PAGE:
Symbols and Nicknames

Michigan is known as the Wolverine State, the Great Lakes State, and the Water Wonderland. Its official state bird is the robin and the state tree is the Eastern White Pine. The flag, which was designed in 1911, is dark blue, with a shield in the center and three mottoes: “I will defend,” “One nation made up of many states,” and “If you seek a pleasant peninsula, look around.” The state song is “Michigan, My Michigan” by Douglas Malloch and W. Otto Meissner.

Major Cities

The capital of Michigan is Lansing. Early settlers, who came from the village of Lansing, New York, named the area Lansing Township in 1836. Today, Lansing has a population of 114,000, making it the state’s fifth largest city. The greater Lansing region, sometimes called “Mid-Michigan,” is a significant area for government, education, culture, and industry. In addition to several major institutions of higher learning, Lansing is also home to the Michigan State Capitol, state Supreme Court, and the Library of Michigan.

With a population of 672,000, Detroit is Michigan's largest city. The city was founded in 1701 by French settlers. Due to its favorable location on the Detroit River, the city grew to become an important industrial center for the surrounding area. The city’s economic significance grew with the birth of the automotive industry in the early 1900s. Despite many years of financial success, Detroit fell victim to the financial crisis of the early 21st century and entered bankruptcy in 2013. It recovered the following year and has shown recent signs of economic improvement and civic revitalization.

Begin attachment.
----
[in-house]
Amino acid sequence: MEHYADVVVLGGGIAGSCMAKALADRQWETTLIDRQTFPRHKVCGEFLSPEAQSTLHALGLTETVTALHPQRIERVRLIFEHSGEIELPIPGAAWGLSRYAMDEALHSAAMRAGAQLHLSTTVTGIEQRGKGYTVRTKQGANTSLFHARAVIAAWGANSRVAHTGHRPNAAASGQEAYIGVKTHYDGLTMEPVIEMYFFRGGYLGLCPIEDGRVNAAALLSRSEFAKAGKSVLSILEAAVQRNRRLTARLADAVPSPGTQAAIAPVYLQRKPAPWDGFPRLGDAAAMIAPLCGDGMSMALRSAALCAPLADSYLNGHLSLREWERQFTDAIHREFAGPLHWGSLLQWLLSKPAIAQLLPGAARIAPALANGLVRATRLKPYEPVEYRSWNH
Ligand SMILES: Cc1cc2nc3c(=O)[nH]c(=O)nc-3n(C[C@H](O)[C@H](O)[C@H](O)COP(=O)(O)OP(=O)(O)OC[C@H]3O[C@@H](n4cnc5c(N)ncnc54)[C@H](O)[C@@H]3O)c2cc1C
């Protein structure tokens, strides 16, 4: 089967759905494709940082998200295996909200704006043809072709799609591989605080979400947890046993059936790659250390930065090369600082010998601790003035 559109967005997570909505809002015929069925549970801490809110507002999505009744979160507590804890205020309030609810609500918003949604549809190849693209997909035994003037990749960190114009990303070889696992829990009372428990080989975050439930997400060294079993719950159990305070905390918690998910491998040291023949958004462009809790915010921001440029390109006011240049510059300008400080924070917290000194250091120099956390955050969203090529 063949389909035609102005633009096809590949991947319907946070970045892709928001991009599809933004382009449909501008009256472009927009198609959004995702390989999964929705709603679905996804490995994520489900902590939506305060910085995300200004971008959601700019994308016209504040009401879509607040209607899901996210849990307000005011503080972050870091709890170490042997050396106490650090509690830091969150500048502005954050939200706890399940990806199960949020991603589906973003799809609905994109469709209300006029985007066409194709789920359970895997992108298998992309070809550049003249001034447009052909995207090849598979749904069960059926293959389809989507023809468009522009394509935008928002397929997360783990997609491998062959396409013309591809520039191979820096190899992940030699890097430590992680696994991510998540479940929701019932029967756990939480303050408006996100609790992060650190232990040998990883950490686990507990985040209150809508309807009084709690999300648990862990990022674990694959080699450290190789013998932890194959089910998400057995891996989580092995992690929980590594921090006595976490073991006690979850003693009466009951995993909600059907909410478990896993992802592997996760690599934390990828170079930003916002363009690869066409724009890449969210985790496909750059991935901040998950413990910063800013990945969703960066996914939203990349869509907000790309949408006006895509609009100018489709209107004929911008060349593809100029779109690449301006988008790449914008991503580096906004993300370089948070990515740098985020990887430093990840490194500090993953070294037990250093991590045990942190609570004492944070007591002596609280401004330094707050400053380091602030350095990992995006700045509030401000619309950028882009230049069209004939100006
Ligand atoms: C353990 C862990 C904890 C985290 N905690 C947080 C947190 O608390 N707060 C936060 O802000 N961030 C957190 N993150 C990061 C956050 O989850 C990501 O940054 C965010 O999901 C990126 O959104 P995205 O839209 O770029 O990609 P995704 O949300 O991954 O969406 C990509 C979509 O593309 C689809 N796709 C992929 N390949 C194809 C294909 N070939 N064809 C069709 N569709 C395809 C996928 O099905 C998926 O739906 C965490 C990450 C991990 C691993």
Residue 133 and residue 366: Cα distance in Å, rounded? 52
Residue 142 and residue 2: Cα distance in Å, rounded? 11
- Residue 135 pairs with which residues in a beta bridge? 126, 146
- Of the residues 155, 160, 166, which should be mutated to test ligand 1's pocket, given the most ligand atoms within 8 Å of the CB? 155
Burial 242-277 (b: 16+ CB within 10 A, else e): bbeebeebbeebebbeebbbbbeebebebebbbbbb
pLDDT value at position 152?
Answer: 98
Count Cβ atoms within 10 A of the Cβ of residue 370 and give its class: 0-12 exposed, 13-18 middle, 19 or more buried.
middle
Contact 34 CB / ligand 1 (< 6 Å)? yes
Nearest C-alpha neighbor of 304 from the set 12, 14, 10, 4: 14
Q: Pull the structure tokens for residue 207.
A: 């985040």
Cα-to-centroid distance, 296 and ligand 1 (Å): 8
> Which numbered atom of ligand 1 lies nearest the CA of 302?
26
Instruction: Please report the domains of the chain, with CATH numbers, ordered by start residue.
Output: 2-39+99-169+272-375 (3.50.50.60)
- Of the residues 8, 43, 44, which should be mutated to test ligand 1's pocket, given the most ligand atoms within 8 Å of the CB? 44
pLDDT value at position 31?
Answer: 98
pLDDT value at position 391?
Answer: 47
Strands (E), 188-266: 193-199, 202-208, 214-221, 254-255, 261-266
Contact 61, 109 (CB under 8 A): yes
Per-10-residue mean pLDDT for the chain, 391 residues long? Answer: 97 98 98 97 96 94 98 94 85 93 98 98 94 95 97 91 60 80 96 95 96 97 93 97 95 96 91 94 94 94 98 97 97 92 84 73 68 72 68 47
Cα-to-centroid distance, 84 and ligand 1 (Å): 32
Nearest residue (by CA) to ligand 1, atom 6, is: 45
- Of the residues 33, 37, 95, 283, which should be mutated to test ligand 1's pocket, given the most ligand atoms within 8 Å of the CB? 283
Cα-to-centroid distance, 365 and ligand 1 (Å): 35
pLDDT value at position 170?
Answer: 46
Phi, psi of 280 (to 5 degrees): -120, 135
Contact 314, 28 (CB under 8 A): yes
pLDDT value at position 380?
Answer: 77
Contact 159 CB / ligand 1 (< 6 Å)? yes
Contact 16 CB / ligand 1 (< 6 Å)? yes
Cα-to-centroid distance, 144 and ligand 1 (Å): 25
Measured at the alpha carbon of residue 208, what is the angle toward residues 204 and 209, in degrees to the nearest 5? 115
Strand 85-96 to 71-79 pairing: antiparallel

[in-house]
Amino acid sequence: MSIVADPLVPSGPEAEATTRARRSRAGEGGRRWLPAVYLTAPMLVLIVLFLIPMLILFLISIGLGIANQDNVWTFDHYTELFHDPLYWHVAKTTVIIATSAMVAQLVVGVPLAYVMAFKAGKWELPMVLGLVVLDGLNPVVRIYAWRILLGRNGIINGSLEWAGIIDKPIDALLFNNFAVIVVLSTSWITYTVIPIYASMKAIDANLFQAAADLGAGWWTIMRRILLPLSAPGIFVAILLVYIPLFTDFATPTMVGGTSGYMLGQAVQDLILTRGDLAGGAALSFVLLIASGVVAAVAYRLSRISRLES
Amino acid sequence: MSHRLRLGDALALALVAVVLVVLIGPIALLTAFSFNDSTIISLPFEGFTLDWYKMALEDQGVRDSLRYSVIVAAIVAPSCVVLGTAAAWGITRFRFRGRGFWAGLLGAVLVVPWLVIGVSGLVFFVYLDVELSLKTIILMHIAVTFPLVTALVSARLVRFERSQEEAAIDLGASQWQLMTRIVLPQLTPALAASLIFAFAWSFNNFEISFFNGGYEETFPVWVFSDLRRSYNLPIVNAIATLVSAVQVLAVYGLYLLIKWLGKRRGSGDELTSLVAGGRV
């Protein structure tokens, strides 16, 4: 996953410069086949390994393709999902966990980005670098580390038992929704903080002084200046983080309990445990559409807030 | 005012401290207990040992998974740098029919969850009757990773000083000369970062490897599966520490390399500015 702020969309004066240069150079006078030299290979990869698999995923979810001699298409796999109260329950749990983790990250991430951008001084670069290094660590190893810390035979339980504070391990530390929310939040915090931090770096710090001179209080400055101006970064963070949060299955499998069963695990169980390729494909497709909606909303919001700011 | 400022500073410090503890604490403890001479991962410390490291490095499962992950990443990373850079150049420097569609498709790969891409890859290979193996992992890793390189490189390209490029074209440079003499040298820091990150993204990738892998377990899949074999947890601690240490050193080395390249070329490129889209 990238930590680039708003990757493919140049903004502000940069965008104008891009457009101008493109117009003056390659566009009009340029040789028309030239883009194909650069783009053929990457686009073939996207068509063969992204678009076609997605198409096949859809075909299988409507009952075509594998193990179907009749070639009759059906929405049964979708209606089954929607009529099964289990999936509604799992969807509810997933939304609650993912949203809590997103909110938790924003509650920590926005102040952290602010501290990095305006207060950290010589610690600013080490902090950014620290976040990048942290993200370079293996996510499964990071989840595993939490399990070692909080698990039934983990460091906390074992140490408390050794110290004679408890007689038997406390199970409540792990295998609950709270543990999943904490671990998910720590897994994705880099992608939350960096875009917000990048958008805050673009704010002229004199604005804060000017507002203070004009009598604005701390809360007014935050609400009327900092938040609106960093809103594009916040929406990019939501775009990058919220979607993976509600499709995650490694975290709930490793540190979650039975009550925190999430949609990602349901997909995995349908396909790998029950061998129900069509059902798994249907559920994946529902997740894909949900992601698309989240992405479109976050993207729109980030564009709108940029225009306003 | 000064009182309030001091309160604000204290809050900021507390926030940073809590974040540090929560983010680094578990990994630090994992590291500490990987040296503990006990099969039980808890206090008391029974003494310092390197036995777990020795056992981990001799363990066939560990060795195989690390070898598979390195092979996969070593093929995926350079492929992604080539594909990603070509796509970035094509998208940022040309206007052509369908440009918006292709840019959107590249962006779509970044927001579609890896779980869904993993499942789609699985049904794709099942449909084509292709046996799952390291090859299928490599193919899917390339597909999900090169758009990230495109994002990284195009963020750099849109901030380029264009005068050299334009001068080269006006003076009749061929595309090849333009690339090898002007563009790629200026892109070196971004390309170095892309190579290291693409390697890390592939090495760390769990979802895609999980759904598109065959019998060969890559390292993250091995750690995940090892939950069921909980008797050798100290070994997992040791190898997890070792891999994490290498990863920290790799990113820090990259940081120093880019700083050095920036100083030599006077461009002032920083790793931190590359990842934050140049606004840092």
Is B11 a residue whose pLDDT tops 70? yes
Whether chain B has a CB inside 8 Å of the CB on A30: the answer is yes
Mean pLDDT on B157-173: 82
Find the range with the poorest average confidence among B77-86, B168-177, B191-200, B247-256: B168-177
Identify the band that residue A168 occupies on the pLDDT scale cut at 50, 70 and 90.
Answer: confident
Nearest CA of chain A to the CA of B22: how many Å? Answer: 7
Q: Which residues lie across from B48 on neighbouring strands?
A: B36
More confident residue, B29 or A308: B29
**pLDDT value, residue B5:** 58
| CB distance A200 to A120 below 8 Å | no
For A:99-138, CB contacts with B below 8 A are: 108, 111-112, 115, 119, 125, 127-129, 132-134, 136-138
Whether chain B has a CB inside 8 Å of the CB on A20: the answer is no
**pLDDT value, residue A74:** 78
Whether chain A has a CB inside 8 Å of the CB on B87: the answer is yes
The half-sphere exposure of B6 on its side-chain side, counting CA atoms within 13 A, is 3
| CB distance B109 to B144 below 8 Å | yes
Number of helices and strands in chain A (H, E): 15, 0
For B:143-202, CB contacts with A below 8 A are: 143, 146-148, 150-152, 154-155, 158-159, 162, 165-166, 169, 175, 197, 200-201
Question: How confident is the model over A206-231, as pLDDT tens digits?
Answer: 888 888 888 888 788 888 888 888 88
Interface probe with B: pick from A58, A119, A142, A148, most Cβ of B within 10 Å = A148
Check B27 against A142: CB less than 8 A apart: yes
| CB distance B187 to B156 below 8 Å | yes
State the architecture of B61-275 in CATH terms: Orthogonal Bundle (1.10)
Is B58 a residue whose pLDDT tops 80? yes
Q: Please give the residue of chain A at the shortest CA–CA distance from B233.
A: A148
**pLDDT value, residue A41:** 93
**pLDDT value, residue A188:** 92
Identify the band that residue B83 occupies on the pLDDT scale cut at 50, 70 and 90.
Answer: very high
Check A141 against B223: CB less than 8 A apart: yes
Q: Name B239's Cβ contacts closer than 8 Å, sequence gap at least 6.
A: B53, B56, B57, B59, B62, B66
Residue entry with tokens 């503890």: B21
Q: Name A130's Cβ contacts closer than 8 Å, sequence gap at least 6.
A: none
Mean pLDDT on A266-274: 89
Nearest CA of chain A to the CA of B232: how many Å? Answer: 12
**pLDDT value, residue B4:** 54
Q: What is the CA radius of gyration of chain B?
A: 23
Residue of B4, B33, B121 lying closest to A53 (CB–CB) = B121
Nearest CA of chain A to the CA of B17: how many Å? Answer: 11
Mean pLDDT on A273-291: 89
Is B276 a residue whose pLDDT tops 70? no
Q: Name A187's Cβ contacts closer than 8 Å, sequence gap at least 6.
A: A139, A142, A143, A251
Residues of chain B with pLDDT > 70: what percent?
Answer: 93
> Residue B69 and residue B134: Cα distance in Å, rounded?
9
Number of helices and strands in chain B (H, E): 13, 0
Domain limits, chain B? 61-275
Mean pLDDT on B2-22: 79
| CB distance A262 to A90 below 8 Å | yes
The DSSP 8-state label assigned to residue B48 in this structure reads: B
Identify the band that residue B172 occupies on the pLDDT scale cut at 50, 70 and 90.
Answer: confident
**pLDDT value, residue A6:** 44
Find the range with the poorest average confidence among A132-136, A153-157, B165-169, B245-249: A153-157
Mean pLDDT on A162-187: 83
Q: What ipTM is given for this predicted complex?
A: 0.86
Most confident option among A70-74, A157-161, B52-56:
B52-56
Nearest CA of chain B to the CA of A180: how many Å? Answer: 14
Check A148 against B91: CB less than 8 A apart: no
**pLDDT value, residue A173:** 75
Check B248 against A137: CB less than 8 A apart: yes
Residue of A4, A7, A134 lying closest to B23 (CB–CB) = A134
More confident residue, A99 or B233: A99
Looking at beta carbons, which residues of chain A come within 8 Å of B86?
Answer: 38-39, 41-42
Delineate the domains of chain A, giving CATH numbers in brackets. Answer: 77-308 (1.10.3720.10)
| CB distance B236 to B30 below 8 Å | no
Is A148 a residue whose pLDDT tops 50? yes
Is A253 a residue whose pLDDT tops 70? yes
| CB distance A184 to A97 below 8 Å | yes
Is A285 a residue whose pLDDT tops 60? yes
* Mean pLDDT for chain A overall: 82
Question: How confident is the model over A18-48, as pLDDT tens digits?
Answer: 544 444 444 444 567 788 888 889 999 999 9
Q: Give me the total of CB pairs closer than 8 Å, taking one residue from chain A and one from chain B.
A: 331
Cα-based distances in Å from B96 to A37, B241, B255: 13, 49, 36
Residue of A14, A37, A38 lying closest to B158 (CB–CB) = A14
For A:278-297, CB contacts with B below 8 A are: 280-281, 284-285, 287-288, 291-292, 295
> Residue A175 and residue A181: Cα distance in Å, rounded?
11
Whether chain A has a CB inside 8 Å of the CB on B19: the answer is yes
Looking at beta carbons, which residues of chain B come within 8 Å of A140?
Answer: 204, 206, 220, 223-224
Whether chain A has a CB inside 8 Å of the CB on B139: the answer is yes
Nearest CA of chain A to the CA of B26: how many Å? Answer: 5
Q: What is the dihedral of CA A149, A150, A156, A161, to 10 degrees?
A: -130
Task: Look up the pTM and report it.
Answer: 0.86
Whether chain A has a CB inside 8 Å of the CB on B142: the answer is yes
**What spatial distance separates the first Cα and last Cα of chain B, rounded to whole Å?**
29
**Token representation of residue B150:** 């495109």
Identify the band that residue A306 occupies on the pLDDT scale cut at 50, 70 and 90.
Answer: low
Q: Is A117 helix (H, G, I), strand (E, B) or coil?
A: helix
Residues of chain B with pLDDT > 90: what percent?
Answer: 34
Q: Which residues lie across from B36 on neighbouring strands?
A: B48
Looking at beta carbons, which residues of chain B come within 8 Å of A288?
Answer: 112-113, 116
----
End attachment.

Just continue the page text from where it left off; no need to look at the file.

Economy

Michigan is most famous for its automotive industry, with all three major American automobile companies headquartered in Detroit. Ford, General Motors (GM), and Chrysler all went through difficult financial periods in the early 2000s. GM and Chrysler required assistance from the federal government to come out of bankruptcy and restructure their organizations. Since 2010, all of the “Big Three” automakers have been reporting meaningful profits.

Besides autos, Michigan also produces food products, aerospace and military equipment, furniture, Christmas trees, copper, and iron ore. Two of the top national pizza chains, Domino’s Pizza and Little Caesar’s Pizza, were founded and are still headquartered in Michigan. In recent years, the state has become a welcoming home to many high-tech companies.

In addition to automotive, high-tech, and other industries, Michigan also depends upon agriculture and tourism for its economy. The state’s 54,800 farms produce a wide range of fruits, vegetables, and dairy products. Some of the most prevalent crops include corn, soy, wheat, potatoes, blueberries, and cherries. The Upper Peninsula has an abundance of natural resources that make it a draw for tourism. Forests, mountains, and waterfalls make the area rugged and beautiful. Detroit is an important tourism draw as well with its numerous museums, casinos, and sports teams. ay.